The Small Business Innovation Research (SBIR) and Small Business Technology Transfer (STTR) programs are important sources of federal funding for small business research and commercialization activities. The Final Rule slightly relaxes the SBIR program’s ownership and control eligibility requirements by permitting a venture capital operating company, hedge fund, or private equity firm to own more than 50% of the concern if the venture capital operating company, hedge fund, or private equity firm itself qualifies as a small business concern that is more than 50% directly owned and controlled by individuals who are citizens or permanent resident aliens of the United States.
The Final Rule eases the restrictions on eligibility of joint ventures to bid on 8(a) contracts, competitive and sole source SDVOSB procurements, and competitive WOSB procurements by requiring that only one concern in the joint venture hold the designated status as long as all other participating concerns are small under the size standard applicable to the procurement.
The SBA non-manufacturer rule requires that, to be eligible for certain important categories of small business set-aside contracts for procurement of supplies, a small business either itself must manufacture the products in the United States or supply the end items of another small business manufacturer. Under certain circumstances, SBA may waive the requirements of the non-manufacturer rule. However, waiver cannot be granted by the procuring agency and instead must be sought from SBA through a separate process. The Final Rule establishes that, for multiple-item acquisitions, if a least 50% of the estimated aggregate contract value is composed of items that are manufactured by small business concerns, then the rule is satisfied and no waiver of the non-manufacturer rule is required. The Final Rule further establishes that the non-manufacturer rule does not apply to small business set-aside contracts valued between $3,500 and $150,000. Finally, the Final Rule conforms the rule applicable to HUBZone non-manufacturers by removing a requirement—imposed only on HUBZone non-manufacturers—that the prime contractor either supply products manufactured by the contractor or end items of another HUBZone small business concern (as opposed to the end items of another small business). Accordingly, small business resellers will now have more opportunities to compete for set-aside contracts, and small business manufacturers may face increased competition for such contracts.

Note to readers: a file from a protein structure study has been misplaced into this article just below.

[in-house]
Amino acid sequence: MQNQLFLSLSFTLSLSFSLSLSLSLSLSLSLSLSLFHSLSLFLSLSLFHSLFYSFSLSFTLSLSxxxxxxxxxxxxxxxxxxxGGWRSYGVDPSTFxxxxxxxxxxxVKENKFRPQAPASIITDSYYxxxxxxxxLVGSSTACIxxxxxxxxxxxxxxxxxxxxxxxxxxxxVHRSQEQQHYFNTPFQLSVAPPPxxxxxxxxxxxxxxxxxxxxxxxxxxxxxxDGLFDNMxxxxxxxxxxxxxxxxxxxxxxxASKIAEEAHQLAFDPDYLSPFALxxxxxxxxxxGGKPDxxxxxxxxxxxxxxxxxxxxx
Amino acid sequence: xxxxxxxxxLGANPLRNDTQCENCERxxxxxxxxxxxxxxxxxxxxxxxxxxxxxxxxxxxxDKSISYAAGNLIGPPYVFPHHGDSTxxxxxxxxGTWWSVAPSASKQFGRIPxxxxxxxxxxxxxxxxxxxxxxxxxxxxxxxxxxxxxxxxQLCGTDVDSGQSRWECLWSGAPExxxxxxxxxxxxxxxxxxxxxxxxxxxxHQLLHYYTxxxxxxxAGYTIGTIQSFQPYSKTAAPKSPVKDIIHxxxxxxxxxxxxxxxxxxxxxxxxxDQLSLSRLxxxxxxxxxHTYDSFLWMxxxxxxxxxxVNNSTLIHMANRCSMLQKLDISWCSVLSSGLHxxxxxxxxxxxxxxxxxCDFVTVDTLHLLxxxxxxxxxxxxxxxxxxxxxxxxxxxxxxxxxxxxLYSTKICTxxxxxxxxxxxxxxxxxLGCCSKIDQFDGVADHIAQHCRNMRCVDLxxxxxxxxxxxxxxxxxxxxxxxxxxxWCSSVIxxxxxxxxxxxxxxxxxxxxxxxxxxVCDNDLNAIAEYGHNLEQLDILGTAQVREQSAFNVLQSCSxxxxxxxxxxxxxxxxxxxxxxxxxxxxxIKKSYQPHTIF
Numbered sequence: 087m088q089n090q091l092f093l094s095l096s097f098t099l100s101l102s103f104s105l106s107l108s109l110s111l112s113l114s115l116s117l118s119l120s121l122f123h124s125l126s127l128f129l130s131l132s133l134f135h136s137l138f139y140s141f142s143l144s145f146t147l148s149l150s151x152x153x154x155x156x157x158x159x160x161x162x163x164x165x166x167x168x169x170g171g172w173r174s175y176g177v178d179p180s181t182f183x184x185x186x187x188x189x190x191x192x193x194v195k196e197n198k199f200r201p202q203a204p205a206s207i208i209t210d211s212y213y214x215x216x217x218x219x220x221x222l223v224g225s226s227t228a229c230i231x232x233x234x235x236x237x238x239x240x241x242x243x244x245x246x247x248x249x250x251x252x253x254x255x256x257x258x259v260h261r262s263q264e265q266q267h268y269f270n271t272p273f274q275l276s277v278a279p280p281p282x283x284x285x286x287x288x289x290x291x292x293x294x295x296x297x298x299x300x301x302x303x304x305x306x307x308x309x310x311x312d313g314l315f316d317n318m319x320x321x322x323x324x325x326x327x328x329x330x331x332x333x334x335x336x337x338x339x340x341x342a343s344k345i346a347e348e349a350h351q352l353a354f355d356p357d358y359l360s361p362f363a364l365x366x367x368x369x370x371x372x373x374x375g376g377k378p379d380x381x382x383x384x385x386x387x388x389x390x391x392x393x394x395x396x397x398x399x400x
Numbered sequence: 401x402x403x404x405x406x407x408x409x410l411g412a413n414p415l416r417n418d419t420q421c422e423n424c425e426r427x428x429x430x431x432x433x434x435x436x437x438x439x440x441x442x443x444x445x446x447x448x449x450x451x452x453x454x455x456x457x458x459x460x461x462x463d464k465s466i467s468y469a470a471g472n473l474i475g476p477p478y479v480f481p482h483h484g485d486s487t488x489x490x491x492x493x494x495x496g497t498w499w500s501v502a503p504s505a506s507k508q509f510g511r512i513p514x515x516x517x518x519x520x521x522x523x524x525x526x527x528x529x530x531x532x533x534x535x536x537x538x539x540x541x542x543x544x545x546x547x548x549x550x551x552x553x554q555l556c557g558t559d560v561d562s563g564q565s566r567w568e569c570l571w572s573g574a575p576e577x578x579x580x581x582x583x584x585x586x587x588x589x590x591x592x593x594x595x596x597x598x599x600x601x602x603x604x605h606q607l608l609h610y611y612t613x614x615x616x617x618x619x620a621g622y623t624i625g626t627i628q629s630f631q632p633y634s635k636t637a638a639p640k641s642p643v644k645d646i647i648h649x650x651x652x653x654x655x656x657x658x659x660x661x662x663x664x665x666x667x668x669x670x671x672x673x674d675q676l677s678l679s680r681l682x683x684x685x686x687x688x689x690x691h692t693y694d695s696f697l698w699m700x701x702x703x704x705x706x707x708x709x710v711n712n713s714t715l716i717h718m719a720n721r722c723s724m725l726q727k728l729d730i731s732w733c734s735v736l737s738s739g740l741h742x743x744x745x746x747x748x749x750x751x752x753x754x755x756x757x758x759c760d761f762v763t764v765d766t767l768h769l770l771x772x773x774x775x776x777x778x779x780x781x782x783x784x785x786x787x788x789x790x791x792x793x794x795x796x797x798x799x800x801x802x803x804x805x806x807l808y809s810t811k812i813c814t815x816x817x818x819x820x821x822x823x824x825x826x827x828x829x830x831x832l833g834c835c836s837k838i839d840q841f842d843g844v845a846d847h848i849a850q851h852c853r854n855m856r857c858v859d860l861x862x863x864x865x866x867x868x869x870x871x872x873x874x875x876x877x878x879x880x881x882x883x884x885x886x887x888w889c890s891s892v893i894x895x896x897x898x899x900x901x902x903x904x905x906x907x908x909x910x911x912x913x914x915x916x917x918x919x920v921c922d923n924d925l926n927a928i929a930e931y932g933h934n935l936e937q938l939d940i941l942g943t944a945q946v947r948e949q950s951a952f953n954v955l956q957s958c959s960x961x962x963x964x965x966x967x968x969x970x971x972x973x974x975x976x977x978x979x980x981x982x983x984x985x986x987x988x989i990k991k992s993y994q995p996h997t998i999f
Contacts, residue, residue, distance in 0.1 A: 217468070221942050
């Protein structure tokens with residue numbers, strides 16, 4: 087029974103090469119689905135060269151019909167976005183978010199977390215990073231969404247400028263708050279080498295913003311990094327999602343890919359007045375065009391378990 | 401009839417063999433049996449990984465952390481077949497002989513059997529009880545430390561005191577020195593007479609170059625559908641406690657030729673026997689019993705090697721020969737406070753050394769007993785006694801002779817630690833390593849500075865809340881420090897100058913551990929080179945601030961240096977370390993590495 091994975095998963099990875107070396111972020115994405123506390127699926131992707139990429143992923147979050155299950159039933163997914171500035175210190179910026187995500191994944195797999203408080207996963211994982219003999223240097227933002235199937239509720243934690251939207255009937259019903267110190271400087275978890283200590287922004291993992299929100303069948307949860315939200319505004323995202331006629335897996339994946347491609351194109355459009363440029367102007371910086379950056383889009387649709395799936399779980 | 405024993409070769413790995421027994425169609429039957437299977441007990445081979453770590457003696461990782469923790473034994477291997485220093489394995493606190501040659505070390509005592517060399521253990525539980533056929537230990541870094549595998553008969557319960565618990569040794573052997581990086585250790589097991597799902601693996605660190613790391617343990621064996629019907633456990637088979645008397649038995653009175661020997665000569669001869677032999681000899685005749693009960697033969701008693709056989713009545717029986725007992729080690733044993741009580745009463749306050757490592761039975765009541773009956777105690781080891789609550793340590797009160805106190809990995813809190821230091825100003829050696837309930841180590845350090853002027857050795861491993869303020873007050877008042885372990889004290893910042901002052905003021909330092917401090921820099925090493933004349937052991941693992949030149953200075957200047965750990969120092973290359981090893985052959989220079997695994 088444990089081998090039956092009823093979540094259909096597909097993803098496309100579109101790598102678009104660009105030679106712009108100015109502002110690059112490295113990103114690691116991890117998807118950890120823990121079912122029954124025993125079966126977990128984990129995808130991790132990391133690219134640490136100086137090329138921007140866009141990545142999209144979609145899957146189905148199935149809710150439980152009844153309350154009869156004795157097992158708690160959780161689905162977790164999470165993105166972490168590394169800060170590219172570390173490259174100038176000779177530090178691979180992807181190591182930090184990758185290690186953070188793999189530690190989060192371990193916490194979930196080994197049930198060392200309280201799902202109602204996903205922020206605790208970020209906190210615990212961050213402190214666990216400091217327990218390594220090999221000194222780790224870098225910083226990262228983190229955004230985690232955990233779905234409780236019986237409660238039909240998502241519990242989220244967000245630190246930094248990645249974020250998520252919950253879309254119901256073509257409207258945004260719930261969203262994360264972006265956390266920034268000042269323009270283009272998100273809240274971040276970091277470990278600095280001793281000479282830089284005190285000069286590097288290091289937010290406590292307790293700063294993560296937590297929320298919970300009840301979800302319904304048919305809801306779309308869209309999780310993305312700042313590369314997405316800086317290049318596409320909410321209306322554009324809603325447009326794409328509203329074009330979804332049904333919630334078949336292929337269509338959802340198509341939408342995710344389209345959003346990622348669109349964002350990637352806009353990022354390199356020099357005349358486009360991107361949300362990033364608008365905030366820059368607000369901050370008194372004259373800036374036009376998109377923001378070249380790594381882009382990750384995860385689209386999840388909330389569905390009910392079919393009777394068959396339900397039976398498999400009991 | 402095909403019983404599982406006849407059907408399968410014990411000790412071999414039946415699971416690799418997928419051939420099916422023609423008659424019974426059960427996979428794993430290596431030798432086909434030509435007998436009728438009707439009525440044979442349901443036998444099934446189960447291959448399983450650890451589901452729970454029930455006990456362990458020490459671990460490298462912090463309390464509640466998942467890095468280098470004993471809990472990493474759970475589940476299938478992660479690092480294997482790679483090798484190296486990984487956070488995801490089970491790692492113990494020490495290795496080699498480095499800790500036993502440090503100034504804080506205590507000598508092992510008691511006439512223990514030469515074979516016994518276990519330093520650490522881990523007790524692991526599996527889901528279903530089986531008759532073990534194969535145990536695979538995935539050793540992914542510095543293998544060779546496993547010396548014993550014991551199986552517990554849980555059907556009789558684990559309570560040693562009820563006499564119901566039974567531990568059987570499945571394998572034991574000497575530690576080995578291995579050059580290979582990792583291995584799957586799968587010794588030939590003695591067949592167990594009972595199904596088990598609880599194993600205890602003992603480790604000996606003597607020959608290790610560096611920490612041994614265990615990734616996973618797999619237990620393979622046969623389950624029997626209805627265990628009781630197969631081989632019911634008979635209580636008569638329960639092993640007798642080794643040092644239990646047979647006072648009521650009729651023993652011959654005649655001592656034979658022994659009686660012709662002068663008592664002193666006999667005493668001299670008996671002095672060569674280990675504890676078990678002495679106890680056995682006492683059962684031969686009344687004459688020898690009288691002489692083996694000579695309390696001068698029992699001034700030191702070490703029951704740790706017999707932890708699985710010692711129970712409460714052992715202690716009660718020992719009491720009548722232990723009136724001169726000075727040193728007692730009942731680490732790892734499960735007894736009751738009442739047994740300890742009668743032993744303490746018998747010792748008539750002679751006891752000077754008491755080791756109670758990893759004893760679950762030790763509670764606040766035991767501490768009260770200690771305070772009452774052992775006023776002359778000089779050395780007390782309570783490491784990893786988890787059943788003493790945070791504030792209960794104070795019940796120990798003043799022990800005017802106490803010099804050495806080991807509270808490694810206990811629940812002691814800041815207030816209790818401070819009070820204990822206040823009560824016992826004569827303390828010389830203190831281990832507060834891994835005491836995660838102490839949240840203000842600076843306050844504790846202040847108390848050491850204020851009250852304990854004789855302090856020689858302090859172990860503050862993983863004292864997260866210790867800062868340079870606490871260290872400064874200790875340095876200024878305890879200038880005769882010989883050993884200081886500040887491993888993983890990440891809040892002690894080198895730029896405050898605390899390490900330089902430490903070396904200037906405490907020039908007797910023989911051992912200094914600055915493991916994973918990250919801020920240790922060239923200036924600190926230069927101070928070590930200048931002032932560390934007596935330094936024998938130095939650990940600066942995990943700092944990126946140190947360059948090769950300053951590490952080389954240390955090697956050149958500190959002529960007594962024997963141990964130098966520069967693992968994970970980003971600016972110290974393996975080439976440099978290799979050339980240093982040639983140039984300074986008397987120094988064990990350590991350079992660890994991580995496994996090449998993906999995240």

SBA waivers of the non-manufacturer rule are of two varieties. A waiver for a class of products (class waiver) will be granted when there are no small business manufacturers or processors available to participate in the federal market for that class of products. An individual waiver for a product in a specific solicitation will be approved when the SBA Director, Office of Government Contracting, reviews and accepts a contracting officer's determination that no small business manufacturer or processor can reasonably be expected to offer a product meeting the specifications of a solicitation, including the period of performance.
The Final Rule clarifies limitations on the timing of such waivers, namely that SBA generally will grant waivers for an individual contract or order prior to the issuance of a solicitation, or after issuance and before award, when the contracting officer provides all potential offerors additional time to respond. SBA also will grant waivers post award in relation to contract modifications properly within the scope of the contract. Finally, SBA is authorized to grant individual waivers of the non-manufacturer rule for the procurement of certain commercial software treated as a product or supply item rather than as a service.
The Final Rule now requires contracting officers to provide written notification to potential offerors of any waivers being applied to a specific acquisition. This notice should be provided at the time the solicitation is issued. If the notice is provided after issuance of the solicitation, the contracting officer must provide a reasonable amount of additional time for potential offerors to respond to the solicitation. This notice requirement is important because it will permit small business contractors that actually manufacture products or resell the products of other small business manufacturers to protest waiver of the rule where adequate small business sources of supply reasonably can be expected to offer products meeting the specification terms.
SBA rules specify that the size status of a business is determined as of the date the concern submits a written self-certification that it is small to the procuring activity as part of its initial offer (or other formal response to a solicitation), which includes price. At this point, the concern is considered to be a small business throughout the life of the contract. Where a concern grows to be other than small, the procuring agency may exercise options and generally still may count the award as an award to a small business. However, in the context of mergers and acquisitions causing the concern to be other than small, the concern must, within 30 days of the transaction becoming final, recertify its small business status to the procuring agency, at which point the agency no longer can count options or orders issued pursuant to the contract towards its small business goals. The Final Rule further establishes an additional requirement that, if the merger, sale, or acquisition occurs after offer but prior to award, the offeror must recertify its size to the contracting officer prior to award.
The Final Rule becomes effective on June 30, 2016. Contractors, subcontractors, and joint-venture participants should become familiar with the changes now so that they can properly apply the new requirements to upcoming procurements on which they wish to bid.
If you have any questions or would like more information on the issues discussed in this LawFlash, please contact any of the following Morgan Lewis lawyers:
Robert J. Sherry